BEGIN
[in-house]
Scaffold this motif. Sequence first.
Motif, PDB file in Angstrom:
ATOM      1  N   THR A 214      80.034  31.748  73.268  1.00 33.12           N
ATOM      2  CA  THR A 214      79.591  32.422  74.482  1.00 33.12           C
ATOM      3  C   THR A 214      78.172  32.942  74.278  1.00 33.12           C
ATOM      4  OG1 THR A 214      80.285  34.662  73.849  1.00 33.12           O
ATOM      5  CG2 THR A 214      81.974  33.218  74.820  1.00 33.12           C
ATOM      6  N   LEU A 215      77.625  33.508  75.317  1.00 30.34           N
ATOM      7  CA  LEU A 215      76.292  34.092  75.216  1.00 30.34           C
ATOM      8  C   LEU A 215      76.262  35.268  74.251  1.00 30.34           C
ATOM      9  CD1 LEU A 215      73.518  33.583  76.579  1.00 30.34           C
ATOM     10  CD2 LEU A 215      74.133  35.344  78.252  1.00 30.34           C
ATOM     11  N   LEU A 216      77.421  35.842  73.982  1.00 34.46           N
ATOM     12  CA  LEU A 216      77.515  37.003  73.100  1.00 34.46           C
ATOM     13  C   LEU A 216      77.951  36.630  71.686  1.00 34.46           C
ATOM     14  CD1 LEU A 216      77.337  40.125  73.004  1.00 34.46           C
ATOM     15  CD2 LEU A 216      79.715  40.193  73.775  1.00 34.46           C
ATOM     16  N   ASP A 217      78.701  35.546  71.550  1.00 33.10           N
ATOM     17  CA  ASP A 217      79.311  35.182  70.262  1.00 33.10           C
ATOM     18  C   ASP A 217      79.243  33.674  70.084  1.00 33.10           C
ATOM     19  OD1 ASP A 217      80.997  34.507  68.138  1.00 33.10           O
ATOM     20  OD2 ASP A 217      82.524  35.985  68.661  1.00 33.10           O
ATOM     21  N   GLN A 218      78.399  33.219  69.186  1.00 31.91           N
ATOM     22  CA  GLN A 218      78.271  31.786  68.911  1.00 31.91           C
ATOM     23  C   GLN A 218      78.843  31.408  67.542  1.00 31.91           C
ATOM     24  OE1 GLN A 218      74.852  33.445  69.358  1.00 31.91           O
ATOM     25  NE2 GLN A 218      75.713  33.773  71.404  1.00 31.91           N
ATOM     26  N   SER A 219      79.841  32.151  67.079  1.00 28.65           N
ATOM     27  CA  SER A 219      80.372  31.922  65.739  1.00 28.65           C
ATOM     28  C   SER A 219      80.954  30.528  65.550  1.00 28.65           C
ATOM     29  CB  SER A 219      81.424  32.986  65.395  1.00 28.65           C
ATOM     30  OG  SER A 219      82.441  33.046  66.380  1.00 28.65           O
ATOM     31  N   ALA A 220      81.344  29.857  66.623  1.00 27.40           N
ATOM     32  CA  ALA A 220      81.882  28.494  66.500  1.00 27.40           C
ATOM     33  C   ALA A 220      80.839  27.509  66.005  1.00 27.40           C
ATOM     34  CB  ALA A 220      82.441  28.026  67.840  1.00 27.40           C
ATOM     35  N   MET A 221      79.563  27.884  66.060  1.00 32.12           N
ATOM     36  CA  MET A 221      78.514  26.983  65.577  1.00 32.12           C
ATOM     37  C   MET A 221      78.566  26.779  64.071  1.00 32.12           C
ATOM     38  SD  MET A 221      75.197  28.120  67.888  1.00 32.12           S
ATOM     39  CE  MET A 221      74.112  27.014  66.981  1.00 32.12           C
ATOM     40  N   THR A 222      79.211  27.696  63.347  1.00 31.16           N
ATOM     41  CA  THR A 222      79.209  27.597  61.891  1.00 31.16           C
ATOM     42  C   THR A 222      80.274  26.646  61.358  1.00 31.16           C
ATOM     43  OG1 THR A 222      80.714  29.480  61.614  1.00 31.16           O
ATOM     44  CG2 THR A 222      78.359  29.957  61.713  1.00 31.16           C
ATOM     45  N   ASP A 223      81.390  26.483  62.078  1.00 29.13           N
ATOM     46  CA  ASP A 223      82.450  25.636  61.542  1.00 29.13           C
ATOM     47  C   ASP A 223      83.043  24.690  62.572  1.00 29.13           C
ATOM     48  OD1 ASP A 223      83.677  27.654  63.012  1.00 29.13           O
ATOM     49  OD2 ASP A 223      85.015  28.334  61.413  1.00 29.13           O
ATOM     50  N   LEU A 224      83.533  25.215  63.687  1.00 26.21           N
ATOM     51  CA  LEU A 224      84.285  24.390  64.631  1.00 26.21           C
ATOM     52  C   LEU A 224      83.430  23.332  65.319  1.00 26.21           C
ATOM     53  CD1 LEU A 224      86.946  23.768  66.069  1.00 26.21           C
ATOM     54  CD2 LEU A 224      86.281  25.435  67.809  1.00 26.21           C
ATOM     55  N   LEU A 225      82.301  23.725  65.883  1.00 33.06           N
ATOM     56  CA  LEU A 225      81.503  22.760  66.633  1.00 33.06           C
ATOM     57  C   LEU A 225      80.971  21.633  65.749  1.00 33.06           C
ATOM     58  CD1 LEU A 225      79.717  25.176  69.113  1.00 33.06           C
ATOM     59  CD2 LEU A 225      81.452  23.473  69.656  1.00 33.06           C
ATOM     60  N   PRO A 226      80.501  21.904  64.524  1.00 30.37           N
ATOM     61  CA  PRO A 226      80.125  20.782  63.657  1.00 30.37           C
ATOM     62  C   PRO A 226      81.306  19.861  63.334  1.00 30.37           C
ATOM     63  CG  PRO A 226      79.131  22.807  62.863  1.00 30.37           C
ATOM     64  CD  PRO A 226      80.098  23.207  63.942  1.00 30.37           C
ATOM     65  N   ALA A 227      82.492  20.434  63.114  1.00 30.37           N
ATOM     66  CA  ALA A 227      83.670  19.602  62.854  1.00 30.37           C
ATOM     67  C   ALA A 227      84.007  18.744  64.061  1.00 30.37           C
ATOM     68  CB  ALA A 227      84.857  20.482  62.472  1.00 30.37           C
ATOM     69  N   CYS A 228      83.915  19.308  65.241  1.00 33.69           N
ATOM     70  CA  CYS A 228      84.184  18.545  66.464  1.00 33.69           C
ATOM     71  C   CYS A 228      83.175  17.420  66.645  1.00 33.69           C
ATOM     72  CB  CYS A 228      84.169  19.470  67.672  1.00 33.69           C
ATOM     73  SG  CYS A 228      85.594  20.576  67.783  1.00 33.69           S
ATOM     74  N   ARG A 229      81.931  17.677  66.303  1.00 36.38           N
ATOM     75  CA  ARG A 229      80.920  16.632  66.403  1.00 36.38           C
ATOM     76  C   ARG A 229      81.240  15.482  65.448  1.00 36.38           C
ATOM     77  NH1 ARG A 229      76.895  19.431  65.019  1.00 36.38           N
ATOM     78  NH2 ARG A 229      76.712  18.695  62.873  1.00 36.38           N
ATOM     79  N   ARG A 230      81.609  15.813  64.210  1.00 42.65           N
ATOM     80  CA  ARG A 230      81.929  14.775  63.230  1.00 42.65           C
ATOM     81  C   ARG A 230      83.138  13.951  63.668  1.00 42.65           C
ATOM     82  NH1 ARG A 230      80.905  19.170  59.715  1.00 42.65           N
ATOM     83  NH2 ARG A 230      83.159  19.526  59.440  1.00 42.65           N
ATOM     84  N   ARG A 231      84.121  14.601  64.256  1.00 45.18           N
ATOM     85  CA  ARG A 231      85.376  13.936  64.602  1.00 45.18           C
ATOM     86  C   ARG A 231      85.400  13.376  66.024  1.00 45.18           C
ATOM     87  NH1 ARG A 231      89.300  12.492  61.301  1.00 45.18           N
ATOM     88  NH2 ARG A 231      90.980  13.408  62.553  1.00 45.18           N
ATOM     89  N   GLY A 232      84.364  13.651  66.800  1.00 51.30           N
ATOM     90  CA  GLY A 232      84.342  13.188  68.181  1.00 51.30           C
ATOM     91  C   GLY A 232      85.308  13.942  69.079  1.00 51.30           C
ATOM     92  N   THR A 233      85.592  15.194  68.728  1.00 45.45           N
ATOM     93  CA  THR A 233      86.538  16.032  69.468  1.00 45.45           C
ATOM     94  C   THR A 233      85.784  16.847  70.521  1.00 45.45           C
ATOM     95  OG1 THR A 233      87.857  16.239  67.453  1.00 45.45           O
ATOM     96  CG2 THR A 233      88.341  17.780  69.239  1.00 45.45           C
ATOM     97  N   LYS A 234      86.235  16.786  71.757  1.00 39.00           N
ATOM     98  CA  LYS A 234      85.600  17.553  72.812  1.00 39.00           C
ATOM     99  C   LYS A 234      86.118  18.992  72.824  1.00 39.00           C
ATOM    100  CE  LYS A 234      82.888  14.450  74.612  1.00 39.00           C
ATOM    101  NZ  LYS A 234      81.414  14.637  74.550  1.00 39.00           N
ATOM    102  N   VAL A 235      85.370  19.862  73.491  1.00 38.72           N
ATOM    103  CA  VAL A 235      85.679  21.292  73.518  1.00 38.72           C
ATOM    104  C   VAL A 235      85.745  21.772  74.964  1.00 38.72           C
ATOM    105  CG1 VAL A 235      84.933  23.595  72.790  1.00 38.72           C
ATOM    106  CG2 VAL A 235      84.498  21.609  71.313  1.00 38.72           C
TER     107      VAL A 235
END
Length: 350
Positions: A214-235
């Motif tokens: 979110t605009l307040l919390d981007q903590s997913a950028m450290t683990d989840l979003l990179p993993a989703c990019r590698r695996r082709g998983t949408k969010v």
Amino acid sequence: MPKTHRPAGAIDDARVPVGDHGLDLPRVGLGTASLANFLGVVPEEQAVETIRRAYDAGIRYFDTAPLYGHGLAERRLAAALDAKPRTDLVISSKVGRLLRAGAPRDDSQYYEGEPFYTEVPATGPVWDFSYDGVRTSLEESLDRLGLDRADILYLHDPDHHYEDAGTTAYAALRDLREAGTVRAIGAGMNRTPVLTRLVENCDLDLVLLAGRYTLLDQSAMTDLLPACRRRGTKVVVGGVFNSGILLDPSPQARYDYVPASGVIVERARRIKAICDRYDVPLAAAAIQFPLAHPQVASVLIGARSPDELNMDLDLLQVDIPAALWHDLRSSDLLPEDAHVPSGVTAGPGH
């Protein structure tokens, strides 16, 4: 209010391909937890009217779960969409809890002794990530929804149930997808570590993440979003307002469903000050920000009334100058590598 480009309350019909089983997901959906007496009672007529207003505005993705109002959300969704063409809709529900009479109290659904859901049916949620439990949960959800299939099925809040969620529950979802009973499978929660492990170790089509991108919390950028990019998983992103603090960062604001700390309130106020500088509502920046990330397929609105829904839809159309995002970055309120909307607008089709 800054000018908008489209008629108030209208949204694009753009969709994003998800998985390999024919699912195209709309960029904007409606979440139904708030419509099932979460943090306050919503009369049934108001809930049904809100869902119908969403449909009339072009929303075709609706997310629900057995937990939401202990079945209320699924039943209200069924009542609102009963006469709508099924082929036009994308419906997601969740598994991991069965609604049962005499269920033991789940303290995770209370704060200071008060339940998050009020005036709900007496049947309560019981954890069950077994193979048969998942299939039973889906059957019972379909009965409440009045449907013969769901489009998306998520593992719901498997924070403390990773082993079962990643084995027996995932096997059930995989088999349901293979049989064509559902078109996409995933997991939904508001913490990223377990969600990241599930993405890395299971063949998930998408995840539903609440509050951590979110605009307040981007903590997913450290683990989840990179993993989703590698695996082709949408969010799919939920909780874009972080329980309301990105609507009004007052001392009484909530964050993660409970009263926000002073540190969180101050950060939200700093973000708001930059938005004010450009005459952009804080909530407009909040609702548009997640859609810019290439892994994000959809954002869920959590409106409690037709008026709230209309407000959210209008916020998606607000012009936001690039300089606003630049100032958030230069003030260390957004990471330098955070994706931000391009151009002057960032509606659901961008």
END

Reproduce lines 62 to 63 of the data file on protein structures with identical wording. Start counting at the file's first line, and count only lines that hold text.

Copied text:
ATOM     59  CD2 LEU A 225      81.452  23.473  69.656  1.00 33.06           C
ATOM     60  N   PRO A 226      80.501  21.904  64.524  1.00 30.37           N